The way we’ve used energy has changed significantly in the last 20 years. Previously, we’d flip a switch and a utility’s power plant would slightly ramp up production to meet demand. Today we’re still producing energy from utilities, but we’re also generating and distributing power from other energy sources, such as solar, wind, batteries, and electric vehicles. Because power is no longer coming from a single source, that makes managing and optimizing grid power more complex.
California produces about one-third of its energy from renewable sources, but even at this level, an extremely large amount of the renewable energy produced is curtailed because we don’t have a use for it at the time its produced. (See the chart below.)
As a consequence, utilities have implemented new rate tariffs in the form of fixed demand charges and time-of-use (TOU) rates that encourage energy conservation during peak usage times.
Deciphering all of these price signals can be difficult for businesses. The traditional solution to demand charges and avoiding high TOU rates is to install solar with a very large and expensive Lithium-ion battery. The solar produces energy during peak periods of the day, and the battery can store any extra solar power and discharge it when there’s a sudden demand spike, such as turning up the air conditioner.
While this hardware solution can offset peak demand charges, it’s not a perfect solution. Solar with batteries requires extra permitting, fire suppression systems, an extra inverter, extra wiring, and extra time to install, all of which increase the upfront costs and decrease the solar building’s return on investment. To put the economics in perspective, a study by Energy & Environmental Science claims that if utility-scale battery storage were as cheap as possible, storing 12 hours of energy would cost $2.5 Trillion and raise the price of energy from ~$50 per MWh to over $1,500 per MWh.
A more recent alternative to solar with batteries is solar with artificial intelligence software or “AI.” We refer to DemandEx as a “virtual battery.” While a traditional battery manages demand spikes by absorbing the surges in real-time, our AI software solution predicts spikes before they happen, then avoids or reduces these peaks by preemptively shifting the predicted demand to a less expensive time-of-use period. This AI solution provides similar savings as a battery solution, but at 1/10th – 1/20th the cost.
AI is more cost-effective than energy storage for several reasons. First, the solution mainly consists of software and inexpensive off-the-shelf communications hardware and smart thermostats. Second, there’s no permitting, no fire suppression systems, no extra inverters, or any extra wiring. Third, the installation is simple and takes less than a day, reducing electrician labor costs.
How DemandEx AI Solution Works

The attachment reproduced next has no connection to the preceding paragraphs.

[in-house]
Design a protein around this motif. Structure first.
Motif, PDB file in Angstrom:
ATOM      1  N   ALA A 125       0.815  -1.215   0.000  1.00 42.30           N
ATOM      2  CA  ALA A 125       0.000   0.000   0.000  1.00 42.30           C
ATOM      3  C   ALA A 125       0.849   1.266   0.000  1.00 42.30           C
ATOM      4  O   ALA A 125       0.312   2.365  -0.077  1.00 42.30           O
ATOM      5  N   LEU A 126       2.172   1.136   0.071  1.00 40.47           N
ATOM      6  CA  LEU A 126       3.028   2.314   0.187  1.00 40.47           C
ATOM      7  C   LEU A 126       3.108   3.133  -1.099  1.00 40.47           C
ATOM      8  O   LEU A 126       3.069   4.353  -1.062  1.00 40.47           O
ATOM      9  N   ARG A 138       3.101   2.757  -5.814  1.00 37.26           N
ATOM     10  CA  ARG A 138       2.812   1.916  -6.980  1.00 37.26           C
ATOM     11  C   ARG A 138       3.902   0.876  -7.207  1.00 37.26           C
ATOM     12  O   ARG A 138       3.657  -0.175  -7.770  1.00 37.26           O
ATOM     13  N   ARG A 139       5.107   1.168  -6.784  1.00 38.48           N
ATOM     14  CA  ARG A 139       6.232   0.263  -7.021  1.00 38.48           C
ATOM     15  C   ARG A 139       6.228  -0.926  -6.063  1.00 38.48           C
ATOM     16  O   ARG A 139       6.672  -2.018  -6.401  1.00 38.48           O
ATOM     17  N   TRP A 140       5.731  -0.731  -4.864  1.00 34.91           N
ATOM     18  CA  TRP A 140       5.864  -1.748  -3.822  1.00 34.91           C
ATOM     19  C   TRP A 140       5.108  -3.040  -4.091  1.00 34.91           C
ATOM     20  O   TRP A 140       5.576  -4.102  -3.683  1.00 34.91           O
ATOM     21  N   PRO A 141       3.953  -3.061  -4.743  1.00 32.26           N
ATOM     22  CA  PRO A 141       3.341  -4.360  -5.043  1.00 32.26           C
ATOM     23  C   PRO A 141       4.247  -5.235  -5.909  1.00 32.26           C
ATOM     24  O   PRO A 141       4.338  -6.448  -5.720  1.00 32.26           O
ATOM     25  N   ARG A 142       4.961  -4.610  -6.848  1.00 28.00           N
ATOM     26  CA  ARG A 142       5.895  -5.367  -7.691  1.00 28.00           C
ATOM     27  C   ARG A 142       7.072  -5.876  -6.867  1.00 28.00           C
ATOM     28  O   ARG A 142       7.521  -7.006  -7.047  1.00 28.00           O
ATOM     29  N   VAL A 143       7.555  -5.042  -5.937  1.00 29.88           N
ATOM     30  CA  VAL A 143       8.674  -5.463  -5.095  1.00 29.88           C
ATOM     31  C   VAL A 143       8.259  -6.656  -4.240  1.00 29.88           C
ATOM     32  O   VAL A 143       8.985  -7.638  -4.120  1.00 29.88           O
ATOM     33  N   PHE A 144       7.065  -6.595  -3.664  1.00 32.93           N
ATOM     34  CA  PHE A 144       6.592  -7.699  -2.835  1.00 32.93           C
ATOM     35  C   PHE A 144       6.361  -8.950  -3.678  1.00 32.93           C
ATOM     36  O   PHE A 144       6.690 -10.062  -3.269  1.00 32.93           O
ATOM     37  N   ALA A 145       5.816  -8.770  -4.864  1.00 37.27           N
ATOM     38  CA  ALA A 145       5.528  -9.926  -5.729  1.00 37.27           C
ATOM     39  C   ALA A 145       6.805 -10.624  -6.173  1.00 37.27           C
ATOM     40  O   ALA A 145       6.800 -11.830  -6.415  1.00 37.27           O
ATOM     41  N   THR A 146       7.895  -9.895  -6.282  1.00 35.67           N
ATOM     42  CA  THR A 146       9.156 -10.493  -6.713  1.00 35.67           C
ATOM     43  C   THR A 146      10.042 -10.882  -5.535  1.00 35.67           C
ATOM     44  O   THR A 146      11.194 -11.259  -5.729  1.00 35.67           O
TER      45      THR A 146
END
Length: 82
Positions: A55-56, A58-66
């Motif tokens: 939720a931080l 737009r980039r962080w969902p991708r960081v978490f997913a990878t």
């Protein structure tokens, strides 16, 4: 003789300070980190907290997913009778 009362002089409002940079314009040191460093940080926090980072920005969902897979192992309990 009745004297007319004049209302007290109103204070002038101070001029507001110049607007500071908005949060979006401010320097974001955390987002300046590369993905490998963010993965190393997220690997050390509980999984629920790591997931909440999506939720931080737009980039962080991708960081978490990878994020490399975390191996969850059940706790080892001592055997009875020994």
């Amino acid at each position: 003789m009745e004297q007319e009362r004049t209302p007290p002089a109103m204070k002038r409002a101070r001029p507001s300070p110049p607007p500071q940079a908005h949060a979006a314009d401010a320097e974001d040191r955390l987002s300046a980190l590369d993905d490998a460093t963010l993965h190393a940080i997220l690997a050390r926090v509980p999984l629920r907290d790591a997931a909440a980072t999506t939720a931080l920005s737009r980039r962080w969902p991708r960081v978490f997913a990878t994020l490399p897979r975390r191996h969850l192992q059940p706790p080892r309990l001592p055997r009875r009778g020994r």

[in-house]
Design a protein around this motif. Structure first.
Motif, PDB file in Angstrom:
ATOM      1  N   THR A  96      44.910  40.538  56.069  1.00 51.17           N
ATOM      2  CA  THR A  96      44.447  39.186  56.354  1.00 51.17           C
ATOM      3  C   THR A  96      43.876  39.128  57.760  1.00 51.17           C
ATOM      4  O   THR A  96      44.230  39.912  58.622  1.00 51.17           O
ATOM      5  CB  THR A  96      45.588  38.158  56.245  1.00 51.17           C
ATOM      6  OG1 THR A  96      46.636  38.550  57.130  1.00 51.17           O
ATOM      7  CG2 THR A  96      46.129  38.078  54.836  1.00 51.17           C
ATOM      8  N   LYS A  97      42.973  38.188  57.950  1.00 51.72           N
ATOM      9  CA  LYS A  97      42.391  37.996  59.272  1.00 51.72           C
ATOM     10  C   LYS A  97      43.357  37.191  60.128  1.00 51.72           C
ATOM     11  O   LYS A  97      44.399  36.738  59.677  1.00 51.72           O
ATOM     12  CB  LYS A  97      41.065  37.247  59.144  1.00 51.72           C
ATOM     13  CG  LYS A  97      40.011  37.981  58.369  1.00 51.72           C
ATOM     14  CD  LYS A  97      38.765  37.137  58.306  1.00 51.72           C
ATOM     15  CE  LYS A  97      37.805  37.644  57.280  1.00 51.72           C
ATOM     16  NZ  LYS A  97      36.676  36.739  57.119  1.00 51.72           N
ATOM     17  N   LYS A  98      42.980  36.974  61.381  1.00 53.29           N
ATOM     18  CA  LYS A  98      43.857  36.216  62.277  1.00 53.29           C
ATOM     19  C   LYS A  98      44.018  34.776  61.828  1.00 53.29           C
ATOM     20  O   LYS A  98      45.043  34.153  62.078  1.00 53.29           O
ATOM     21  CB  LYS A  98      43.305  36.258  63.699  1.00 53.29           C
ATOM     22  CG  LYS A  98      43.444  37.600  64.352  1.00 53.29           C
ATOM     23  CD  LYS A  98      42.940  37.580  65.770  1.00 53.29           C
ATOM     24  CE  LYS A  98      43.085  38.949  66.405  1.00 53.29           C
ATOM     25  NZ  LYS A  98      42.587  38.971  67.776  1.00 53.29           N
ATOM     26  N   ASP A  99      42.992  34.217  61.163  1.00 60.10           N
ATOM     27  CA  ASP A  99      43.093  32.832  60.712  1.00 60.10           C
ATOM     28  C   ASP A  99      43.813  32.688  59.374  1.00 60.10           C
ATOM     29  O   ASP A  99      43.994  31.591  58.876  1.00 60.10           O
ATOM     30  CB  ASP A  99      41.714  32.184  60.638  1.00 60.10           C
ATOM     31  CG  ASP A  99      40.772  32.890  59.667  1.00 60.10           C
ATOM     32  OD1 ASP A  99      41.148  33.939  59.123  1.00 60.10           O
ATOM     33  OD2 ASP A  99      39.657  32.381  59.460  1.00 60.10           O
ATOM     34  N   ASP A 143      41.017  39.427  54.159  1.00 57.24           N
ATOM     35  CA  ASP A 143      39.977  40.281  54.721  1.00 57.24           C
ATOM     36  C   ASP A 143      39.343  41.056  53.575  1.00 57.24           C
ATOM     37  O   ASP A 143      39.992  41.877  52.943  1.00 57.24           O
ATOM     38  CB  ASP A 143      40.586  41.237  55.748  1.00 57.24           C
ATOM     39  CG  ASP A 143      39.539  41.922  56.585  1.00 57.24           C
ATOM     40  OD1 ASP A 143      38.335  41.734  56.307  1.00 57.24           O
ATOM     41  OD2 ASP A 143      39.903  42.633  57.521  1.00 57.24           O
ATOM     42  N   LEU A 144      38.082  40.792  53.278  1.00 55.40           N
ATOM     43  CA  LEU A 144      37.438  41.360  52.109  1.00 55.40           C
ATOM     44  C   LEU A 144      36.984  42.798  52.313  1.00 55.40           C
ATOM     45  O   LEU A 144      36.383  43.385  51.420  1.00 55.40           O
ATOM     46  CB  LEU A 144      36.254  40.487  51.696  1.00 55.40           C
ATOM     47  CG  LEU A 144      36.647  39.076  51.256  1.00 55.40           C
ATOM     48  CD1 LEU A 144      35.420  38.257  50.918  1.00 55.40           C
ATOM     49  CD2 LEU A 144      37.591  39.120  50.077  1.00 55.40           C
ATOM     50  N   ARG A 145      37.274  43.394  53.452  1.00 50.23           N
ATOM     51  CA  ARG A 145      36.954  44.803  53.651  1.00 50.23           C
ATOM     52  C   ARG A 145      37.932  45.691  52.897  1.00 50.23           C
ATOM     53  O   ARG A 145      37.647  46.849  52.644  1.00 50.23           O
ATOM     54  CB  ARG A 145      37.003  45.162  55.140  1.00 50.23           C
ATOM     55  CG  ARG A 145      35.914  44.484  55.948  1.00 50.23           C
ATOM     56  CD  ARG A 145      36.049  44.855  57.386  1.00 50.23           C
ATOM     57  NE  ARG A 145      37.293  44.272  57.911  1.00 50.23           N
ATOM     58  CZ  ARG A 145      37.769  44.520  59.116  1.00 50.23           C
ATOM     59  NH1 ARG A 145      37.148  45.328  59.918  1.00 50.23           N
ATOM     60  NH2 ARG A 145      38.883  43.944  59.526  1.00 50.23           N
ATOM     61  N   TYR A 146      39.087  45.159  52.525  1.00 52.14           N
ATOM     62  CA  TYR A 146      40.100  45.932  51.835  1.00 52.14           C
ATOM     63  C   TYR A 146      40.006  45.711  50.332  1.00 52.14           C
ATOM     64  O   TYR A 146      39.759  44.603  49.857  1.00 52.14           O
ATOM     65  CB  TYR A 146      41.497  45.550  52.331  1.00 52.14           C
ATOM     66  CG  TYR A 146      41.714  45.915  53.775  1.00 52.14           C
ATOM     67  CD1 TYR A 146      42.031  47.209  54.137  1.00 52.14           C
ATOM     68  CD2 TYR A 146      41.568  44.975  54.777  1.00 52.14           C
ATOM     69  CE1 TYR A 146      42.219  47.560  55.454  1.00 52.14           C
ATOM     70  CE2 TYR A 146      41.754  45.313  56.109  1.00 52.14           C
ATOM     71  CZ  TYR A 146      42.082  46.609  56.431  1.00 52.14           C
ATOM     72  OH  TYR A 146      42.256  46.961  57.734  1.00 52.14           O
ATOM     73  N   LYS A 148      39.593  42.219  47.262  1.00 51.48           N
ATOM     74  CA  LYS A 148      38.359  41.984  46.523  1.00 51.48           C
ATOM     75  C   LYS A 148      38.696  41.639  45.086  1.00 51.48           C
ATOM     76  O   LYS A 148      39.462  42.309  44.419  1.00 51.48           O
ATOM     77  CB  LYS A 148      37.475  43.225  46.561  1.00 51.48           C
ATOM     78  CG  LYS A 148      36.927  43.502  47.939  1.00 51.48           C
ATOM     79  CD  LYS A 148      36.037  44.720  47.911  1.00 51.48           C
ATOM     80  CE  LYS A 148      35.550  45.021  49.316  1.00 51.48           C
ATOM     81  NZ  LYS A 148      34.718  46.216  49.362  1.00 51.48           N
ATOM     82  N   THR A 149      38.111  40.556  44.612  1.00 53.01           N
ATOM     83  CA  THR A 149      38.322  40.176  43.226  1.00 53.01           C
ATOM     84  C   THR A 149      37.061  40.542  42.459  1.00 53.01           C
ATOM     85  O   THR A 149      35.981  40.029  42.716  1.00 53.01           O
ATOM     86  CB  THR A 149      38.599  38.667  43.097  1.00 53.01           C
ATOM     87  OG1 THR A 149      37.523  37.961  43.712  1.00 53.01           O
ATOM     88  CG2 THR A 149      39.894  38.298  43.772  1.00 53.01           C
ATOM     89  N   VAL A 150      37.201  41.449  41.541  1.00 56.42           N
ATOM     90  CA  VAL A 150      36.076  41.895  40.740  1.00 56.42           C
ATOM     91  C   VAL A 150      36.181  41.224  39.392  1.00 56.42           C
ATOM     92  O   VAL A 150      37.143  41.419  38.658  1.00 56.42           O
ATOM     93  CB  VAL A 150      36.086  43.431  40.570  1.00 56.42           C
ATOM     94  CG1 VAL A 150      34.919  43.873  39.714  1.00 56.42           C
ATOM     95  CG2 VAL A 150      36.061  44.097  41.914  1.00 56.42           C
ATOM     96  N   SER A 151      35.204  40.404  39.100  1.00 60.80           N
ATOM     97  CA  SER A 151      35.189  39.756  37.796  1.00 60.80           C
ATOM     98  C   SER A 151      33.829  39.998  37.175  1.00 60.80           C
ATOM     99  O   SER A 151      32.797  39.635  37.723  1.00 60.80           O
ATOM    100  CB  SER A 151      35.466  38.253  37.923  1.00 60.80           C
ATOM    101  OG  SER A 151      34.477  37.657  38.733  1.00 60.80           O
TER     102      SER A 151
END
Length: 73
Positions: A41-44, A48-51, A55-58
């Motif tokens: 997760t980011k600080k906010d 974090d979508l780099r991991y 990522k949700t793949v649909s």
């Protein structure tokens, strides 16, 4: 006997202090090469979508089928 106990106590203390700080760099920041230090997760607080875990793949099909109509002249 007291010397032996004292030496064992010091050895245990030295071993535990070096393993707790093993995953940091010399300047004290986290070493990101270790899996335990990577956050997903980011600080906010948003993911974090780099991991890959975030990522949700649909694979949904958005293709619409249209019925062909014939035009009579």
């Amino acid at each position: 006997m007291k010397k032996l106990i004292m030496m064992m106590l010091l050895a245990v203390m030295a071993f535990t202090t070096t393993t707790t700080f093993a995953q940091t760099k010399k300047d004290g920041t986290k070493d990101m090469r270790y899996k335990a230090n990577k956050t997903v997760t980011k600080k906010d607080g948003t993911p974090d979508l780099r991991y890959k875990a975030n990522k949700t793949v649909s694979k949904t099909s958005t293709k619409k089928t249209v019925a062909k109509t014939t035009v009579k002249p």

DemandEx works by first collecting data. Lots of data. This data includes electric rates, the building’s past and current energy usage, real-time weather data, real-time solar output, and data about the building’s peak energy consumption and usage time. DemandEx uses this data to make predictions about future energy usage, the potential solar offset, and the potential demand peaks. Then DemandEx sends all these predictions through its cost optimizer.
DemandEx's cost optimizer is AI that makes the most cost-effective energy usage decisions 24/7. It reduces demand peaks by controlling the building’s flexible loads, such as heating, ventilation, and cooling (HVAC), electric vehicle chargers, and compressors. By intelligently turning these devices on and off at the best times of day or night, DemandEx reduces the building’s total energy bill without batteries.
In summary, DemandEx’s AI solution provides:
Peak savings at less than $50/kWh installed price
Works with existing equipment
Requires no permitting
Has no performance degradation or replacement cost
Has no fire suppression equipment
If the building manager’s goal is to reduce demand peaks, then the AI solution is clearly more cost-effective than batteries. But what if there are two goals? What if the building manager also wants energy storage for grid-stability and backup power?
While AI can’t store solar power, it can work with batteries to optimize them for resiliency applications. When configured for storage, DemandEx’s AI handles the demand management side and a smaller and less expensive battery is dedicated to resiliency applications, potentially saving tens of thousands of dollars by ‘right-sizing’ the storage system for backup power.
To find out more about DemandEx with and without storage, read our previous blog where we take a deeper dive into how DemandEx provides the demand charge savings equivalent to a battery with just software.